That arrangement is typical of what you'll find on any Icelandair flight, though some other planes may have more Saga seats total.
It only took a few minutes for all 16 passengers in the full Icelandair Saga cabin to get seated. After that, two flight attendants dedicated to the Premium cabin offered us pre-departure Prosecco – more on that later.
While these seats may be closer to Premium Economy than a true business class product, they're still wide, plush, and comfortable.
Every Saga seat on this Boeing 737 Max measured in at 20 inches wide, with 40-plus inches of legroom. The seats featured soft, winged headrests that you could position how you wish as well.
Every row in Icelandair business class had at least one window – while row 2, where I sat, had two windows. They offered great views over Greenland as we flew west. If you're flying over to Iceland, I'd recommend choosing a seat on the left side of the plane for potential Northern Lights viewing. If flying back to the states, pick a seat on the right side for views of the mountains of Greenland.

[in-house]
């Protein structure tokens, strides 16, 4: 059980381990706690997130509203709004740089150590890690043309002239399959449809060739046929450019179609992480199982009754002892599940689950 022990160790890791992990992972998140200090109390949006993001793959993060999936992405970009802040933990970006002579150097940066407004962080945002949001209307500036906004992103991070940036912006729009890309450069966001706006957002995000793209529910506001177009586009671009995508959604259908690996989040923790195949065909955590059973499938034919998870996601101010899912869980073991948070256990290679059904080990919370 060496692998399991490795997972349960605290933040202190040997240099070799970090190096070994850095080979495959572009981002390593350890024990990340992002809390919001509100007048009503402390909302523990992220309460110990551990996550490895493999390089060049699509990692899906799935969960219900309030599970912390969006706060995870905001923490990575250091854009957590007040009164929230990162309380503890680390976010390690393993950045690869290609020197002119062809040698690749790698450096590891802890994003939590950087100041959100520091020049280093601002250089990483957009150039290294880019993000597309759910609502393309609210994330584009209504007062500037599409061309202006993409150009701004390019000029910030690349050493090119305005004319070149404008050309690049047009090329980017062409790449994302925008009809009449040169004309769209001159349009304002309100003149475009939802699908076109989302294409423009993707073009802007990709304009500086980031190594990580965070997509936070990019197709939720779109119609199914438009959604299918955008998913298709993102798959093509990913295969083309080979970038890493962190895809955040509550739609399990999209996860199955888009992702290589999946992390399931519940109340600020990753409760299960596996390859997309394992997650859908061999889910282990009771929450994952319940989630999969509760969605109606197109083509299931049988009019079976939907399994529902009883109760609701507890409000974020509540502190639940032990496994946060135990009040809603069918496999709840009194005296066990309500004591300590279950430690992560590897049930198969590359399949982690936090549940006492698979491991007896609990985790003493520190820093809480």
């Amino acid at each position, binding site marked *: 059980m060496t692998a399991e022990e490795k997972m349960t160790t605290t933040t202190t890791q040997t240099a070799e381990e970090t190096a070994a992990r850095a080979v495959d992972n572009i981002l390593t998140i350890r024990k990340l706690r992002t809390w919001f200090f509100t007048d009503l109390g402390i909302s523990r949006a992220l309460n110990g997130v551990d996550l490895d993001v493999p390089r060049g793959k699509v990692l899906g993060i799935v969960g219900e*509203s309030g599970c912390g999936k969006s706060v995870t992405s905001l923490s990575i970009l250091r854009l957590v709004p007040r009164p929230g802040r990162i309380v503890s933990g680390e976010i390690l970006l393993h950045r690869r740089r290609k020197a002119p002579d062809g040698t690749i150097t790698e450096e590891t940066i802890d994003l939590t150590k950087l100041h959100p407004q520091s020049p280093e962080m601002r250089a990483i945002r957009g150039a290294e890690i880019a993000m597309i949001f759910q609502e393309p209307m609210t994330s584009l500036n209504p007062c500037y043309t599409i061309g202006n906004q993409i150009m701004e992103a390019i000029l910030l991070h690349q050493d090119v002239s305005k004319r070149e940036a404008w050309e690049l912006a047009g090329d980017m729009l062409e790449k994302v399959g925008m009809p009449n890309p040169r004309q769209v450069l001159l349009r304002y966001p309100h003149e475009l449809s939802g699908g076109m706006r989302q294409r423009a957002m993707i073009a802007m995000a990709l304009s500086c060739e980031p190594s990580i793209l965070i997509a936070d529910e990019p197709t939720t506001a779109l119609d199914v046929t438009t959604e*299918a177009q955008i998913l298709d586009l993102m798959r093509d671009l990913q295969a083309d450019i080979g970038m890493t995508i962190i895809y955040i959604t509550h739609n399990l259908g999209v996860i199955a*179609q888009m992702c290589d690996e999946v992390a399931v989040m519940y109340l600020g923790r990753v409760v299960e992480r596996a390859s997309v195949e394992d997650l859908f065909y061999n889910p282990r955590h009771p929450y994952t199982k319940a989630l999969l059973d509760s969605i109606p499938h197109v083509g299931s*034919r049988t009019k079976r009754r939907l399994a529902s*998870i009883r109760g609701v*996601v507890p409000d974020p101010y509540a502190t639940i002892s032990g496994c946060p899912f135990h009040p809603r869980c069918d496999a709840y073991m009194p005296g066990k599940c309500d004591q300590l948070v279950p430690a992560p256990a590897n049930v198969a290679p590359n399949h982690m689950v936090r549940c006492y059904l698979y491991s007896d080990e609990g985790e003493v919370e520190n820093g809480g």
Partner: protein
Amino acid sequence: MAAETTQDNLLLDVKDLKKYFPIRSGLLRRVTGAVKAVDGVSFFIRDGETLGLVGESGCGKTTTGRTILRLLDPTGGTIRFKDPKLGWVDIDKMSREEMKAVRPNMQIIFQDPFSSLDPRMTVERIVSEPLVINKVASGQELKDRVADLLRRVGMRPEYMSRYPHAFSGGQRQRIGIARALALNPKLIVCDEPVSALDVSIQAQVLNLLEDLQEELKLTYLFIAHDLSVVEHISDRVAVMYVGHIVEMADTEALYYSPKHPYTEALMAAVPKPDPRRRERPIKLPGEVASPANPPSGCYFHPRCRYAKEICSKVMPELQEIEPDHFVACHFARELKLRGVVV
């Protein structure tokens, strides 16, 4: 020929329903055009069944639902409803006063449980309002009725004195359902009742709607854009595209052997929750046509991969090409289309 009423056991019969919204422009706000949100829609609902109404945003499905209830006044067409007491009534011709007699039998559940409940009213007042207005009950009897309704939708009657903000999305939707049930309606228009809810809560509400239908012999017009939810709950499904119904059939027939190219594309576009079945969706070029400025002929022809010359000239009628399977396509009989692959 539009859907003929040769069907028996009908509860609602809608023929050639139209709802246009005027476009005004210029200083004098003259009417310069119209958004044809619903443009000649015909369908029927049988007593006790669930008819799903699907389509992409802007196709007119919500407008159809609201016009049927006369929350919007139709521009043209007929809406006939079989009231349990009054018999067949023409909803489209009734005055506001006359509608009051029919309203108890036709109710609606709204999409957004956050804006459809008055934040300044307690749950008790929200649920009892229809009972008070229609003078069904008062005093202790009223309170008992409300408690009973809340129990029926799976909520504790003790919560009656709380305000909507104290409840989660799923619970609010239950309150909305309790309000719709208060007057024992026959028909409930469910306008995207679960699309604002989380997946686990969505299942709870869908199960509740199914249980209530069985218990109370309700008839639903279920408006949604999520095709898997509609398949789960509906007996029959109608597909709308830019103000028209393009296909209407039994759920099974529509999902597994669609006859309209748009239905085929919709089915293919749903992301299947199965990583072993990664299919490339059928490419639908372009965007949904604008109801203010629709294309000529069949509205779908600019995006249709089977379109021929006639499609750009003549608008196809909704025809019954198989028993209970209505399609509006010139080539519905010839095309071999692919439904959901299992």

Basically, if you're into window views, you want to be facing north during your flight.
Back inside the cabin, the outer armrest stored the tray table for each Premium seat.
It unfolded into a half-tray first, which was nice for my pre-departure drink.
Then, it unfolded again into a full-sized tray table that was pretty spacious, covering the entire width of the seat.
To recline the seat, you press the silver button on the inside of the right armrest, just as with a traditional economy plane seat. No automatic recline or lie-flat options here.
Each seat came with its own power outlet, too. It takes all kinds of plug-ins to help you stay charged inflight.
The air vents and lights were standard, offering three vents and lights for the two seats.
The lavatory was also as standard as they come. No special amenities here for Saga Premium Class passengers.
Amenities & Entertainment Flying Icelandair Saga
Each Icelandair business class seat came prepared with a pillow, blanket, and a leather amenities kit on top. Each passenger also got a bottle of water.